Commercial Arbitration

Last verified on Thursday 13th April 2023

Commercial Arbitration: Jordan

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Infrastructure

1. Is your state a party to the New York Convention? Are there any noteworthy declarations or reservations?

Jordan

The New York Convention (NYC) was ratified by the Hashemite Kingdom of Jordan (Jordan) on 15 November 1979. However, it was only approved by a royal decree and, thus, became part of the national law on 16 November 1988 after it was published in the Official Gazette.

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2. Is your state a party to any other bilateral or multilateral treaties regarding the recognition and enforcement of arbitral awards?

Jordan

Jordan is party to the following multilateral treaties on recognition and enforcement:

  • Convention of the Arab League on the Enforcement of Judgments and Arbitral Awards (Arab League Convention) 1952 and entered into force in 1954;
  • Riyadh Arab Convention on Judicial Cooperation 1983, ratified in 1983 and entered into force in 1985;
  • Washington Convention on the Settlement of Investment Disputes between States and Nationals of Other States of 1965 (ICSID Convention), ratified in 1972 and entered into force in the same year; and
  • Legal and Judicial Cooperation Convention between members of the Arab Cooperation Council 1989 (this is between Jordan, Iraq, Egypt and Yemen).

Jordan is also party to several other bilateral treaties on mutual judicial assistance and legal cooperation, such as those with: Egypt (1987); Qatar (1997); Tunisia (through an annex to the original convention, which entered into force in 1997); United Arab Emirates (2000); Yemen (2001); Algeria (2002); and Kuwait (2006).

Of note, the Law on the Enforcement of Foreign Judgments No. 8 of year 1952 (LEFJ) remains of great relevance in relation to the enforcement of foreign arbitral awards, as it is perceived as the general law as to the enforcement of all foreign judgments and awards in the absence of a special provision in international conventions and it sets out the formalities that have to be followed to enforce a foreign arbitral award in Jordan. In accordance with the LEFJ, the party seeking to enforce an award must file an application to the Court of First Instance to render such an award enforceable. The award must not be contrary to Jordanian public order and must be issued in a state whose law recognises judgments issued in Jordan. Despite the scarcity of court decisions enforcing awards on the basis of the NYC, available ones demonstrate that Jordanian courts recognise the superiority of the NYC over national laws. Hence, reciprocity required under the LEFJ cannot be pleaded when an application to enforce an award under the NYC is submitted.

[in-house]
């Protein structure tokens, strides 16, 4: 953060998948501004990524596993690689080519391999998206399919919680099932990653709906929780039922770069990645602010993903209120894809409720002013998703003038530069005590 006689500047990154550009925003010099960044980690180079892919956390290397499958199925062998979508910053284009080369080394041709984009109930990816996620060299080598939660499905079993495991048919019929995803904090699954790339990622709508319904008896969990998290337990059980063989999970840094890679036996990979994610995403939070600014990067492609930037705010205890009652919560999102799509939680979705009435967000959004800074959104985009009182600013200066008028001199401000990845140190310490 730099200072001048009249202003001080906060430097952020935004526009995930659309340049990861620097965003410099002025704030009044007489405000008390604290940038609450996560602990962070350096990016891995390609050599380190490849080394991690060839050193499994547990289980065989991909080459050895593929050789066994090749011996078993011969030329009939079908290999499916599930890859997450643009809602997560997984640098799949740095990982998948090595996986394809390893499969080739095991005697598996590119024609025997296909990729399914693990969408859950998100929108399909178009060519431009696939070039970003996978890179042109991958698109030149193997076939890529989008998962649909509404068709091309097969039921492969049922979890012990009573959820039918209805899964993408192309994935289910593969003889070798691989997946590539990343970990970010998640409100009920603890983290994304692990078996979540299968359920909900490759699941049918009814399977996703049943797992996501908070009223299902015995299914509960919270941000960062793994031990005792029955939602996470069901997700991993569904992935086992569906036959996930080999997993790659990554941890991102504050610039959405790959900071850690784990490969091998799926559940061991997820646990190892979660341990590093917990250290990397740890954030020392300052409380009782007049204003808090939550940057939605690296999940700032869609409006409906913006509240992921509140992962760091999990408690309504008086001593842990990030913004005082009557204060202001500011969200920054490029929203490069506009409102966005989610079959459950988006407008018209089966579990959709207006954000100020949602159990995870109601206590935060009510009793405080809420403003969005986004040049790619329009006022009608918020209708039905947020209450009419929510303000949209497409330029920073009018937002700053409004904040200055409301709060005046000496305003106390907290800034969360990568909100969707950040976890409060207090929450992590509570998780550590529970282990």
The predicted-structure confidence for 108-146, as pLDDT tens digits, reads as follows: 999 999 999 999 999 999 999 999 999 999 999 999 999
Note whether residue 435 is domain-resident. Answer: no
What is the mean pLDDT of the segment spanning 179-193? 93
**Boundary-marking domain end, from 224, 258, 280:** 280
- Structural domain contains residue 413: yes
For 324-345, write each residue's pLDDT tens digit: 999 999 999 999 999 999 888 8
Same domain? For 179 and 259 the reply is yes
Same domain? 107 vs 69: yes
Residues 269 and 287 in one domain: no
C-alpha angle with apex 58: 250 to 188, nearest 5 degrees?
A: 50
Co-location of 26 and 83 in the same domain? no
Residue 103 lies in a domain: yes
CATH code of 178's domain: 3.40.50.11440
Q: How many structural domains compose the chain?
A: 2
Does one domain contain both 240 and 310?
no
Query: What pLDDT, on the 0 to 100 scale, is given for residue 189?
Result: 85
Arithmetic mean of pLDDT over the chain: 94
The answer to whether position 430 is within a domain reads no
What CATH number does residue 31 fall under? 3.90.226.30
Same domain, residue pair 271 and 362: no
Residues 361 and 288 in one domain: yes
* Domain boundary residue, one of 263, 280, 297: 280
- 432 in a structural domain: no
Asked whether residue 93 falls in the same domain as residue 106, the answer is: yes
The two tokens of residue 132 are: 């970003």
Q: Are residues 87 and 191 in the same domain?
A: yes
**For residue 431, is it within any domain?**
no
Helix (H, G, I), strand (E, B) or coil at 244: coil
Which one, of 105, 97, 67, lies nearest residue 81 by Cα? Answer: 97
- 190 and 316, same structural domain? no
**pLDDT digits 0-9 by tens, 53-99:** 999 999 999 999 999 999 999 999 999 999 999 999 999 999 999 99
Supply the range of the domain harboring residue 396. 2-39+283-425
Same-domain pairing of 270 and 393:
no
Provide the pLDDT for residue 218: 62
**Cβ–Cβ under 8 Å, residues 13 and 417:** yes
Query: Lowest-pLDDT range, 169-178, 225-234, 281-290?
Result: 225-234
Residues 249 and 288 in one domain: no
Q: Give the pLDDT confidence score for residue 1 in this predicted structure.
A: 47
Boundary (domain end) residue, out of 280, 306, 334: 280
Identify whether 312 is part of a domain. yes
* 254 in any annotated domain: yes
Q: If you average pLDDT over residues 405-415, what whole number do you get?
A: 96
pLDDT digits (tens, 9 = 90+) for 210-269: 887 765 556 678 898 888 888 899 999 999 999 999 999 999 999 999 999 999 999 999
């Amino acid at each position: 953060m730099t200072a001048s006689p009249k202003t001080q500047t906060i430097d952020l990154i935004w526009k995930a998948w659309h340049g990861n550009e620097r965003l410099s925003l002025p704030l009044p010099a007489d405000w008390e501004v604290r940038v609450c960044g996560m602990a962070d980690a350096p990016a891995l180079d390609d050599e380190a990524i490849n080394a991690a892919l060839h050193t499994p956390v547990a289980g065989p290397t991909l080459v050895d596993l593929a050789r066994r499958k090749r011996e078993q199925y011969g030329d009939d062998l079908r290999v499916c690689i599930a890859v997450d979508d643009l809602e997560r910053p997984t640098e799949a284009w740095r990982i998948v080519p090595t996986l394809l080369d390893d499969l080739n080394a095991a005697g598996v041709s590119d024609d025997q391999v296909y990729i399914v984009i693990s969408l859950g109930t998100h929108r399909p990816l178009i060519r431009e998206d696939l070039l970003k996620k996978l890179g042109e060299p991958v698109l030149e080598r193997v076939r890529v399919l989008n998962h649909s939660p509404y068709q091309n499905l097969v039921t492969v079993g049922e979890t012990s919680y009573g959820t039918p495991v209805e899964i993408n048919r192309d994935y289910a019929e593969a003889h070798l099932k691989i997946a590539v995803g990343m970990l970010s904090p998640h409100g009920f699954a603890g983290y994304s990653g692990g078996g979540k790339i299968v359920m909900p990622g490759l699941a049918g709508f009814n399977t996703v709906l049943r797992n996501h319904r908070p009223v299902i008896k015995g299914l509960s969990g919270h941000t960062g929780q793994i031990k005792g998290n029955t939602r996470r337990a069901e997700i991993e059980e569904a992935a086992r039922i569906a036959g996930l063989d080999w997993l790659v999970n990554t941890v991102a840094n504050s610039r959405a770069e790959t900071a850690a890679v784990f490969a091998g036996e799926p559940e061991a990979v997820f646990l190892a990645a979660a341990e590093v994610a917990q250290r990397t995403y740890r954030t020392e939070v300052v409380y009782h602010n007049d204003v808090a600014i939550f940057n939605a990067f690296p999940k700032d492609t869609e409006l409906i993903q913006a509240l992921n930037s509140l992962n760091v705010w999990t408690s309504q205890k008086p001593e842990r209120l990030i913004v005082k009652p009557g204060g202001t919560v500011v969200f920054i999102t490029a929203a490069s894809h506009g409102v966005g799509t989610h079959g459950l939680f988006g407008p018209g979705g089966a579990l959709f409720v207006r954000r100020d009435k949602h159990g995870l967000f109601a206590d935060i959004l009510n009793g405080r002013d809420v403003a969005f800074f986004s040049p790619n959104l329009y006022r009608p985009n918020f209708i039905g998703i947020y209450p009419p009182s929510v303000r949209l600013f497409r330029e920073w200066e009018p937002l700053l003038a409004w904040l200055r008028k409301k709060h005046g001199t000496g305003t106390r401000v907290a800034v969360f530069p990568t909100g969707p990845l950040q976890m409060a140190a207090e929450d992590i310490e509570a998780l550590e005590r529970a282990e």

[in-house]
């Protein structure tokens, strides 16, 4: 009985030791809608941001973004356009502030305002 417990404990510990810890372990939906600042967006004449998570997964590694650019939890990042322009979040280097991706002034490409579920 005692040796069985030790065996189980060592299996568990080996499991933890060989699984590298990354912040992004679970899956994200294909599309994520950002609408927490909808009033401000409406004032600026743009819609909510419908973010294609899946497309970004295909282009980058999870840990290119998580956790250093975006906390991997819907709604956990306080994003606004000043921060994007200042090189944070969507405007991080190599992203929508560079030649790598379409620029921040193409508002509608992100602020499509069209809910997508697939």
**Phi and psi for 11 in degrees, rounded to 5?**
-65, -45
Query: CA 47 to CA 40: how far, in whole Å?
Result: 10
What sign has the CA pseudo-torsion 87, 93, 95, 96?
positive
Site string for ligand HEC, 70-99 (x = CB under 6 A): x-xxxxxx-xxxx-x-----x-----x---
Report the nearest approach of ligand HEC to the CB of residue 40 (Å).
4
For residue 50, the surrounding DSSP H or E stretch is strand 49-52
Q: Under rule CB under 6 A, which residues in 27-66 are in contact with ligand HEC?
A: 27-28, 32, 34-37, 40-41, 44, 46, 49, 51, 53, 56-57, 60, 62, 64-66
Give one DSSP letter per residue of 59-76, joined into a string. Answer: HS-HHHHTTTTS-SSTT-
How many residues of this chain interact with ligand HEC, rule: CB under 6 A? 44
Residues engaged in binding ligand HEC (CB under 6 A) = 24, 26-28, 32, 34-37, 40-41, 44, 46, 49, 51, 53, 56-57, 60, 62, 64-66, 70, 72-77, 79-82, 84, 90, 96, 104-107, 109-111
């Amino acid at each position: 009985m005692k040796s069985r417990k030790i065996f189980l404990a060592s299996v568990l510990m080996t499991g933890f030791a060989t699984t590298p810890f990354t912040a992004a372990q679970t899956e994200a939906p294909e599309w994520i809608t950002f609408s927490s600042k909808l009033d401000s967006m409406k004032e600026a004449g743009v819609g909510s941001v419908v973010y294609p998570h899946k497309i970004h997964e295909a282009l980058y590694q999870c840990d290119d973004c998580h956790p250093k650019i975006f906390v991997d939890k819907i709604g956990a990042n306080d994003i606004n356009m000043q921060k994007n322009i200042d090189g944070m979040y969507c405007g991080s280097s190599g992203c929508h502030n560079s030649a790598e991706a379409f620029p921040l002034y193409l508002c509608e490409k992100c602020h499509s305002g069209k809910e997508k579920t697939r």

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3. Is there an arbitration act or equivalent and, if so, is it based on the UNCITRAL Model Law? Does it apply to all arbitral proceedings with their seat in your jurisdiction?

Jordan

Arbitration proceedings in Jordan are subject to the Jordanian Arbitration Law No. 31 of year 2001 and its amendments (Arbitration Law). This law is derived from the Egyptian Arbitration Act, which is based on the UNCITRAL Model Law. [Hamza Haddad et al. ‘Jordan’ in Loukas Mistelis et al (eds), Arbitration Law and Practice in Middle East (Juris Arb Law, 2023) referred to as HH-Jordan].

The amendments of 2018 made the Arbitration Law significantly closer to the UNCITRAL Model Law, with some slight differences, such as:

  • the applicability of the Arbitration Law to both international and national arbitration;
  • the requirement of odd numbers of arbitrators;
  • a preliminary award on jurisdiction of the tribunal can only be challenged in the course of an annulment application of the final award;
  • the tribunal’s power to grant interim relief is not automatic, but subject to the parties’ agreement;
  • the application, by the tribunal, of the law that is most closely connected to the subject of the dispute should the parties fail to designate the applicable substantive law; and
  • the Arbitration Law goes beyond the Model Law through explicitly enabling virtual procedural meetings and hearings.

According to article 3(a) of the Arbitration Law, this Law applies to any “consensual arbitration, the seat of which is the Kingdom, and to any arbitration agreed to be subject to this Law, whether related to a civil or commercial dispute between parties of public or private law, and irrespective of whether or not the relationship subject of the dispute is contractual”.

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4. What arbitration bodies relevant to international arbitration are based within your jurisdiction? Do such bodies also act as appointing authorities?

Jordan

There is no arbitration body in Jordan per se compared to those known internationally. Hence, parties refer to foreign bodies in cases of institutional arbitration. The Jordanian Arbitration Association (JAA) was established in 1997, which individuals interested in arbitration can join as members. Theoretically, the JAA can administer an arbitration under the UNCITRAL Arbitration Rules. The JAA can also be chosen as an appointing authority by the parties, though this is quite rare in practice. Generally speaking, arbitration bodies can act as appointing authorities under the Arbitration Law, if the parties so agree. The President of the Court of Appeal acts as an appointing authority in case of parties’ disagreement or failure of a party to nominate an arbitrator according to an arbitration agreement.

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5. Can foreign arbitral providers operate in your jurisdiction?

Jordan